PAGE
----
Twitter launches First View: Autoplay video ads at the top of your feed

Get your earbuds ready: Autoplay video ads on Twitter will soon be unavoidable.

Twitter is rolling out a new ad unit called First View, which is a single video ad that straddles the top of users’ timelines and automatically plays every time the app or website is opened. Brands can buy the slot for a 24-hour period meaning it will become inescapable.

For brands, the ad unit has a significant advantage over buying a Promoted Tweet, which can get lost in the stream, or a pricey Promoted Moment, lives in a separate tab. For Twitter, First View offers brands guaranteed viewability and is another potentially lucrative revenue stream since video is more expensive.

“First View helps marketers achieve significant audience reach with exclusive ownership of Twitter’s most valuable advertising real estate for a 24-hour period,” Twitter said in a statement.

Here’s how it looks like in action:

First_viewgraphic_4

Twitter said First View will debut first in the U.S. “in the coming months” before expanding globally.

For Twitter, the new ad unit is being debuted a day before fourth quarter and 2015 full-year earnings are revealed. To say the least, it’s been a rocky few months for on Wall Street for Twitter. This morning, the stock hit another record low, trading at $14.60 a share, meaning the company is valued at $9.3 billion, down steeply from its original IPO value of $14.3 billion in November 2013.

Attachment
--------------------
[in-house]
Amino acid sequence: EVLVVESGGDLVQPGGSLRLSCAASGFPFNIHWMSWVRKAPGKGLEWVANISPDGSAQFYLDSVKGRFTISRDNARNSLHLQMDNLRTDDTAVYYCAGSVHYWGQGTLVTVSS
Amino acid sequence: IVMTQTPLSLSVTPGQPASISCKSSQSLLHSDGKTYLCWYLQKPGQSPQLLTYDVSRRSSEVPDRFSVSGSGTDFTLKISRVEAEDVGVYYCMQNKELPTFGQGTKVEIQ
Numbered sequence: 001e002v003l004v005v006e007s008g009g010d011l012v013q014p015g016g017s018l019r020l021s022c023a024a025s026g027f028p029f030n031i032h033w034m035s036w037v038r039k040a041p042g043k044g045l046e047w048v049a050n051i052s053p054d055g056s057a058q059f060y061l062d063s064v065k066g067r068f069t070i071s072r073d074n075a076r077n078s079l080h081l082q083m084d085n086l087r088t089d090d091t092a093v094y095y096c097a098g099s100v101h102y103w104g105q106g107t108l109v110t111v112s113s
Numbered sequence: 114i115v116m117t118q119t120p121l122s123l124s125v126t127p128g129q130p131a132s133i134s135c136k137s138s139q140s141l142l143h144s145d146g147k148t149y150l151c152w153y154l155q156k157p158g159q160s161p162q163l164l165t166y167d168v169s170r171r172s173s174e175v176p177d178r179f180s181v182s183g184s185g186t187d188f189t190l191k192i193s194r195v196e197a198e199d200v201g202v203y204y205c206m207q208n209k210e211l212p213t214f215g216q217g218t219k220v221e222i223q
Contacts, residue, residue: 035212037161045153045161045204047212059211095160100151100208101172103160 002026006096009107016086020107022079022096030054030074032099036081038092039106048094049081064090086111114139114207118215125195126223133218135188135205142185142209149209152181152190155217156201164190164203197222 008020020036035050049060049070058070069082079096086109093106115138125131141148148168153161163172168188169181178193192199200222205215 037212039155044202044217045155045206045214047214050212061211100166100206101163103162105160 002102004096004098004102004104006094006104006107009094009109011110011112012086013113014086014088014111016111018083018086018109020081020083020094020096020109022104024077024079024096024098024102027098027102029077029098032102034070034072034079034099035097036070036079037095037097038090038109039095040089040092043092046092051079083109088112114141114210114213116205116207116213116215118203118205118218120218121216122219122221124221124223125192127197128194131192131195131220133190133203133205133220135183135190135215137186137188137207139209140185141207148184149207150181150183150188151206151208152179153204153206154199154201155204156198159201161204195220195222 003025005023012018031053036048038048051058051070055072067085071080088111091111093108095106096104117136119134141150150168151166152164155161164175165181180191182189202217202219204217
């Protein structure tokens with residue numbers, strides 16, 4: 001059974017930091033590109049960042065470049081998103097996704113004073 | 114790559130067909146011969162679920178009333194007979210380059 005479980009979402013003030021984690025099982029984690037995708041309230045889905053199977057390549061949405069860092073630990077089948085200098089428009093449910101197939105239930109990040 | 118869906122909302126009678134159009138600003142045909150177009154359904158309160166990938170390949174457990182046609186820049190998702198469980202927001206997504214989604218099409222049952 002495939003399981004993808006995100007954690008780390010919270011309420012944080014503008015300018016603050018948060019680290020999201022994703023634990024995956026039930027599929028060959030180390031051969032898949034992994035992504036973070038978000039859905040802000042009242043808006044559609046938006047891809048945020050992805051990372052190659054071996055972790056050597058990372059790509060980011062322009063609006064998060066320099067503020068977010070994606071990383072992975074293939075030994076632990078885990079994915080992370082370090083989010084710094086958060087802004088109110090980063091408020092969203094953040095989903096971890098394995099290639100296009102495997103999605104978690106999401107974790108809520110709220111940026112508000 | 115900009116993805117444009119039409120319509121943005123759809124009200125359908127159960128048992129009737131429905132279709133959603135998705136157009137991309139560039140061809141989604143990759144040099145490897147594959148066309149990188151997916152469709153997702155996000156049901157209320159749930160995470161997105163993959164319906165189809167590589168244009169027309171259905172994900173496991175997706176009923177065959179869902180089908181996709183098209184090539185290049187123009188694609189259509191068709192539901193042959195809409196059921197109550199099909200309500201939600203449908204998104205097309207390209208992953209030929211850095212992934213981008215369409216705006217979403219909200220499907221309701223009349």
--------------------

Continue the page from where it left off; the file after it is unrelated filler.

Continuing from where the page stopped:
https://digiday.com/?p=160770

More in Marketing

The lead image shows a football player taking a selfie.

How partnerships between athletes and brands are beginning to resemble influencer deals

Relationships between brands and athletes are getting shorter, as the line between influencer and athlete blurs.

Amazon Prime Day recap: Shoppers buy household items over pricey splurges on first day

Market research firm Numerator said the average order size on Prime Day so far is $59.78, according to data culled from nearly 7,500 Amazon orders by more than 4,000 households.

Advertisers don’t seem too tempted by Meta putting ads on Threads

Sure, there’s interest, but it’s tempered by the fact that advertisers still don’t really know why they should be on the app in the first place.